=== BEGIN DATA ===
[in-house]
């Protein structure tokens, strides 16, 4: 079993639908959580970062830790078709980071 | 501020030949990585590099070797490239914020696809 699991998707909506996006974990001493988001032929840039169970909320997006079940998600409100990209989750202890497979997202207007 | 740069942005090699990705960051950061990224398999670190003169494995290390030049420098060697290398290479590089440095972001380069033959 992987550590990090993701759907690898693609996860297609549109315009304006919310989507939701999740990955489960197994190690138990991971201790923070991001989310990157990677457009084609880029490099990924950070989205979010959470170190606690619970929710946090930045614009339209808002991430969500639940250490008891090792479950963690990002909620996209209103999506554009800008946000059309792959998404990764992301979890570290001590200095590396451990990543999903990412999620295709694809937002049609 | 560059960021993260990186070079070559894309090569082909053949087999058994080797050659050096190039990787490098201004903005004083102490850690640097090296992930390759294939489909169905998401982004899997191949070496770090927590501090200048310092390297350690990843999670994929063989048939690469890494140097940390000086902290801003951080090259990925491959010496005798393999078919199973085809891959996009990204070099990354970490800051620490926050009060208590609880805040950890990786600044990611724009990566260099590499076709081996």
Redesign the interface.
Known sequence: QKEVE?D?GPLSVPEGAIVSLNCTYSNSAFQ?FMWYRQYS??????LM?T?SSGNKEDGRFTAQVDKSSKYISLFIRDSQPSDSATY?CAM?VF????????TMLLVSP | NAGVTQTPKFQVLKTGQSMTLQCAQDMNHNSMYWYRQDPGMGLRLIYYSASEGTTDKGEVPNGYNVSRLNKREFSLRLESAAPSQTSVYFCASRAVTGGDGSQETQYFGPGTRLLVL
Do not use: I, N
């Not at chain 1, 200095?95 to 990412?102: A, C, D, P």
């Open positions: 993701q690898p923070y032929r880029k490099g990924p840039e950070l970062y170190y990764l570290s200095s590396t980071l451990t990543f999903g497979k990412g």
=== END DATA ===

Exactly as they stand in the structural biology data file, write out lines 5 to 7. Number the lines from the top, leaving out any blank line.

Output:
Do not use: I, N
């Not at chain 1, 200095?95 to 990412?102: A, C, D, P």
């Open positions: 993701q690898p923070y032929r880029k490099g990924p840039e950070l970062y170190y990764l570290s200095s590396t980071l451990t990543f999903g497979k990412g």